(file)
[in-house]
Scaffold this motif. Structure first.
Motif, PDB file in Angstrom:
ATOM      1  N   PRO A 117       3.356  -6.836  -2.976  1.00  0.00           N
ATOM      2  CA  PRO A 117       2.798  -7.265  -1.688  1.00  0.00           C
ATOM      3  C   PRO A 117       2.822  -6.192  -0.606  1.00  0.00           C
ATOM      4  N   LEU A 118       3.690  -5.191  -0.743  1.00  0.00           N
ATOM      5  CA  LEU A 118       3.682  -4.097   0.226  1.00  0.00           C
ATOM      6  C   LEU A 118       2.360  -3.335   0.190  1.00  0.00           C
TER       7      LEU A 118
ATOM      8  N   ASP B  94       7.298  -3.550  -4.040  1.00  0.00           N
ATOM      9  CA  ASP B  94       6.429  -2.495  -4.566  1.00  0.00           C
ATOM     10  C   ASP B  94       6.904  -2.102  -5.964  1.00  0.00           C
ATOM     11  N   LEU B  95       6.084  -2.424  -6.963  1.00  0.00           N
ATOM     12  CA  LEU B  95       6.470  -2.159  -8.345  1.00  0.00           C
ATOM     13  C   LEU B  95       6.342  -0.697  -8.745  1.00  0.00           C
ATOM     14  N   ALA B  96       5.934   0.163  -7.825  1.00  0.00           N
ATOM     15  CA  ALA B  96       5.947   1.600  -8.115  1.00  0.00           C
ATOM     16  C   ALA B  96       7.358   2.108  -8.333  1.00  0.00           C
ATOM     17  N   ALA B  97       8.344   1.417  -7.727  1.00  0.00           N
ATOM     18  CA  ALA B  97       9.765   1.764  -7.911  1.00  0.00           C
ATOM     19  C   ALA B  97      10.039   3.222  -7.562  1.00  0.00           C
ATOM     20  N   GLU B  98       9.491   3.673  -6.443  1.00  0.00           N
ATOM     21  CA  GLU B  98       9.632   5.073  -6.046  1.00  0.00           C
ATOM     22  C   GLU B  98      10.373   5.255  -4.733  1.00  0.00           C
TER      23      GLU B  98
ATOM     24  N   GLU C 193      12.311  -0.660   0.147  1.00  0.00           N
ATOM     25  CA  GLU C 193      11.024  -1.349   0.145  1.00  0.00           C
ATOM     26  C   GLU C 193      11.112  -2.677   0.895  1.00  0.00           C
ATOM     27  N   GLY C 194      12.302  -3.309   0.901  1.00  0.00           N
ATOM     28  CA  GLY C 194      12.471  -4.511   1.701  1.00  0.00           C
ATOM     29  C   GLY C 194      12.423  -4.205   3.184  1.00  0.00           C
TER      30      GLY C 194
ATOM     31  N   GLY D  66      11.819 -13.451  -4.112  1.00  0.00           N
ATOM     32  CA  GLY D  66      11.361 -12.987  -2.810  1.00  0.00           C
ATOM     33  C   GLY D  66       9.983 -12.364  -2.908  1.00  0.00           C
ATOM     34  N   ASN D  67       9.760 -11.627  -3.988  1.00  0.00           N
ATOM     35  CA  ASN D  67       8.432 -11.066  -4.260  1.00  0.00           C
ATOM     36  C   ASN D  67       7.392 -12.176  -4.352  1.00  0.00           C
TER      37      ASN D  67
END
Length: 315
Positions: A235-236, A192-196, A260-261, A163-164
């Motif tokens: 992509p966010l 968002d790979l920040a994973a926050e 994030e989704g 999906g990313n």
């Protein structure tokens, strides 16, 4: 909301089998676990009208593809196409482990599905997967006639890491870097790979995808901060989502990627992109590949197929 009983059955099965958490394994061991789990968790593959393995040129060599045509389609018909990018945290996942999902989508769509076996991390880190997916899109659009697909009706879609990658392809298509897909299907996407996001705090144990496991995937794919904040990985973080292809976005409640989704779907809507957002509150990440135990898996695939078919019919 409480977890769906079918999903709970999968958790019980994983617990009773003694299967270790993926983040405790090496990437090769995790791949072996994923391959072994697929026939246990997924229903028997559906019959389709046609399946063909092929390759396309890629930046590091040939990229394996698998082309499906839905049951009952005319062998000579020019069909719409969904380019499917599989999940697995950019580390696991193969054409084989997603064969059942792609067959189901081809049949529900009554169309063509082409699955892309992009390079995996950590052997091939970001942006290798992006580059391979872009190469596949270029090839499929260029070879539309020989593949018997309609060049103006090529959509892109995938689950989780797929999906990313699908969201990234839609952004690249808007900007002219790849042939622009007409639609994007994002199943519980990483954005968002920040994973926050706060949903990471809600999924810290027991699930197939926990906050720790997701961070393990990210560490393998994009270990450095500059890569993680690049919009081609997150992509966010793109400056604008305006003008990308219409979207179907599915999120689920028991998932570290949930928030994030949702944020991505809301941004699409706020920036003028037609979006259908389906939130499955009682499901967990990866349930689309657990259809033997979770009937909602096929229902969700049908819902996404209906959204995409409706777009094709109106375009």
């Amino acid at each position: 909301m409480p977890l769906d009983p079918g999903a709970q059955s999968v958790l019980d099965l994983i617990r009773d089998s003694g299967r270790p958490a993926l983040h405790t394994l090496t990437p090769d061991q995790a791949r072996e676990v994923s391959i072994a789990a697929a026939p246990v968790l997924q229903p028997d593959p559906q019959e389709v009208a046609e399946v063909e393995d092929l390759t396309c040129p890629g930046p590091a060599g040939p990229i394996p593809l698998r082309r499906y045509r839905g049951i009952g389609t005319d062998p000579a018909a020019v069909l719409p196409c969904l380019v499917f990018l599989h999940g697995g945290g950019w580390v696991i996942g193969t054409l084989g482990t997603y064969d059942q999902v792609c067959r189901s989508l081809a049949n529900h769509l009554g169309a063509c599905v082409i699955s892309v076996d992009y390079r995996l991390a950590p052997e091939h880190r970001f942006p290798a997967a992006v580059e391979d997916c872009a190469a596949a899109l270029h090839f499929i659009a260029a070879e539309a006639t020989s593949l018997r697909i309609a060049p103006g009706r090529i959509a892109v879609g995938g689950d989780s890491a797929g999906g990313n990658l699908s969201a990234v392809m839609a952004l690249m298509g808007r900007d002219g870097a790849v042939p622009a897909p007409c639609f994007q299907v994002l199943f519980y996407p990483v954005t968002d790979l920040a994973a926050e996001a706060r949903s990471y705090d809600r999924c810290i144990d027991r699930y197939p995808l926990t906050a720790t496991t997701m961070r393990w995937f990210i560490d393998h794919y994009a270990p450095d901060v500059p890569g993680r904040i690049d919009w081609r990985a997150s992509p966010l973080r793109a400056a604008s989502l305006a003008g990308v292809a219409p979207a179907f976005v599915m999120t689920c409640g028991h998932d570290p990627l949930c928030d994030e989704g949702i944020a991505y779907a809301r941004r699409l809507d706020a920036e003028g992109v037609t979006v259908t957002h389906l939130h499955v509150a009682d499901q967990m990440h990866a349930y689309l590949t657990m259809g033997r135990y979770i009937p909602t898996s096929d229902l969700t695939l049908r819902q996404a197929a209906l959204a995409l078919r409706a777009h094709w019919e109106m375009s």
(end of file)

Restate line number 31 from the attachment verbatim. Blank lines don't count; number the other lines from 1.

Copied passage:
ATOM     28  CA  GLY C 194      12.471  -4.511   1.701  1.00  0.00           C